The Atlantic

Teaching the Holocaust in Germany as a Resurgent Far Right Questions It

As those who lived through it are dying off, and some people claim it never happened, what will happen to sites of remembrance?
Source: Markus Schreiber / AP

ORANIENBURG, Germany—Pulling their scarves and jackets tighter against the chill of a gray winter morning, 38 high-school students walked the grounds of the Sachsenhausen Memorial, a former Nazi concentration camp just outside Berlin.

They had come here to learn about the horrors and crimes committed at Sachsenhausen, where tens of thousands of people were murdered: the prisoners’ cramped quarters in the extreme heat or cold, their starvation after crushing hours of hard labor, the brutal treatment at the hands of their guards.

Even as the students’ tour focused on helping them understand the history of this place, however, the politics of the day inevitably crept in.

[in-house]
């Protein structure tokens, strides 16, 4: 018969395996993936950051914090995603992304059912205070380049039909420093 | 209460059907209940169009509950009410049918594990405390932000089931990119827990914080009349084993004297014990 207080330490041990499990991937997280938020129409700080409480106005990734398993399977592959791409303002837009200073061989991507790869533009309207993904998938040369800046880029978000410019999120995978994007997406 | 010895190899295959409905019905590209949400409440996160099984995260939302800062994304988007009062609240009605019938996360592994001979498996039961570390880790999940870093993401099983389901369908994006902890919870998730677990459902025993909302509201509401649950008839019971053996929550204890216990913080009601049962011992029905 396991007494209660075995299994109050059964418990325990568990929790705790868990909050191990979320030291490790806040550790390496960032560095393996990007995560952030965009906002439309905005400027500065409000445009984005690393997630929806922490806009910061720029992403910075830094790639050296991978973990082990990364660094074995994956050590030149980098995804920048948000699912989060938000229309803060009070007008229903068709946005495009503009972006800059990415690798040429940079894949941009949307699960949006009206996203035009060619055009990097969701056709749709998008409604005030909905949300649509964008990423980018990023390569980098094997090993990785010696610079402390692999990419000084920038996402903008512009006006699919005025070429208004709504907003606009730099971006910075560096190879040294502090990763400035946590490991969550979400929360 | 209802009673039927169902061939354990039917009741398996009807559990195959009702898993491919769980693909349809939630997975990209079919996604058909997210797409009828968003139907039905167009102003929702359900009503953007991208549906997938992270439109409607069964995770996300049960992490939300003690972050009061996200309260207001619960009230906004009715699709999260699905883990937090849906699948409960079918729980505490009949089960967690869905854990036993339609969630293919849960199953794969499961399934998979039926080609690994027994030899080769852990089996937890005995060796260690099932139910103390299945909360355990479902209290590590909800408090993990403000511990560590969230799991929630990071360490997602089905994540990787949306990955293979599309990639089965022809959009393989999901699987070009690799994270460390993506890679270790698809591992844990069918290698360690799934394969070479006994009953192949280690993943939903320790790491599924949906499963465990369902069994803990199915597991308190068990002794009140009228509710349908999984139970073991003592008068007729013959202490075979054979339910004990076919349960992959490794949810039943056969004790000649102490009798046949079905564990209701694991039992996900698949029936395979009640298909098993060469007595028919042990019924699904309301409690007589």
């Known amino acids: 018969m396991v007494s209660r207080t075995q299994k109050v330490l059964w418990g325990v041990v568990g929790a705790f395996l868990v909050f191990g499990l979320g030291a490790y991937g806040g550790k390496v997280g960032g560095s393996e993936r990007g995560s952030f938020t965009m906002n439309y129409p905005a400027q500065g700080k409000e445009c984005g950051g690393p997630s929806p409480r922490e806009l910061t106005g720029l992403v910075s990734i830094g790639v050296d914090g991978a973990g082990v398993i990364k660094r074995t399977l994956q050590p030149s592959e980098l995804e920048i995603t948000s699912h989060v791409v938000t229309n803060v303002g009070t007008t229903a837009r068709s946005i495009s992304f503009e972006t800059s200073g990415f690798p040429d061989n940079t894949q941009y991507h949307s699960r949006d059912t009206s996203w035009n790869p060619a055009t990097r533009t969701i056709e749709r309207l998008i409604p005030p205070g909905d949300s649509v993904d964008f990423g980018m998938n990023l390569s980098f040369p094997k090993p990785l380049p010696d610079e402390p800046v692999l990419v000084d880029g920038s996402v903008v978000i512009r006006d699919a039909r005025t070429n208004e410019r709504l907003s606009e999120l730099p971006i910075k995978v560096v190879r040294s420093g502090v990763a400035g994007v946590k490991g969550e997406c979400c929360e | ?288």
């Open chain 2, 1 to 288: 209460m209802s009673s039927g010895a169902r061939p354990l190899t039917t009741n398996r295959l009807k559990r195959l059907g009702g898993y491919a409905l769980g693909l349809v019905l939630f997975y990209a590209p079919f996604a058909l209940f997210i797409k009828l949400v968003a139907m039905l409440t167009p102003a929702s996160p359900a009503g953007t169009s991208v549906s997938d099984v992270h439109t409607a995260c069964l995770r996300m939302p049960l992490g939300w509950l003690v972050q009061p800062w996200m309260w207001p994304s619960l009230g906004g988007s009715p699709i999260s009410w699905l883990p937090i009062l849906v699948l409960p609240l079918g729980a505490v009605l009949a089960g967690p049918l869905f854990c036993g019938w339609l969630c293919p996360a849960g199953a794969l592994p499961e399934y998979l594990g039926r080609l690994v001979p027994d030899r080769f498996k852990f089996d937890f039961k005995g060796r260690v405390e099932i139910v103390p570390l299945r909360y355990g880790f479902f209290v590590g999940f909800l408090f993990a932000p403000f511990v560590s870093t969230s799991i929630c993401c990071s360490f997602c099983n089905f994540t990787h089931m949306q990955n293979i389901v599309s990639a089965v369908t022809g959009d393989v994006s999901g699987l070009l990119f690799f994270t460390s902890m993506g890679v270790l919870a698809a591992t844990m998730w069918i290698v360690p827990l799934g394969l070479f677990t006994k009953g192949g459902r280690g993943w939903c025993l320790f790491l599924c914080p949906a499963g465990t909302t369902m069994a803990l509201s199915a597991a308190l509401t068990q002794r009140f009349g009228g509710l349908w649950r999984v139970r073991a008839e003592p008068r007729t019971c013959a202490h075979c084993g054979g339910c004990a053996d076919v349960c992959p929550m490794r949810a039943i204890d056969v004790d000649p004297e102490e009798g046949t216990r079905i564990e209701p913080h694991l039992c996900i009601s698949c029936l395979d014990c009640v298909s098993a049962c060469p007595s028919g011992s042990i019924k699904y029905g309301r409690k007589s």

At one point, the students’ teacher, Matthias Angelike, interjected to ask their guide about a involving lawmakers from the far-right populist party Alternative for Germany (AfD) and a group of their constituents. While on a tour here last summer, several members of the group interrupted their host to

You're reading a preview, sign up to read more.

More from The Atlantic

The Atlantic8 min readPolitics
Has the Women’s March Accomplished Anything?
Carmen Perez, one of the march’s original co-chairs, describes the organization’s efforts to find its identity after three years of battling controversy.
The Atlantic5 min readPolitics
The Migration Driven by Developed Countries
Migration can be driven both by a richer country’s doing, as well as a poorer one’s undoing.
The Atlantic6 min readPolitics
Progressives Warn of a Great Deflation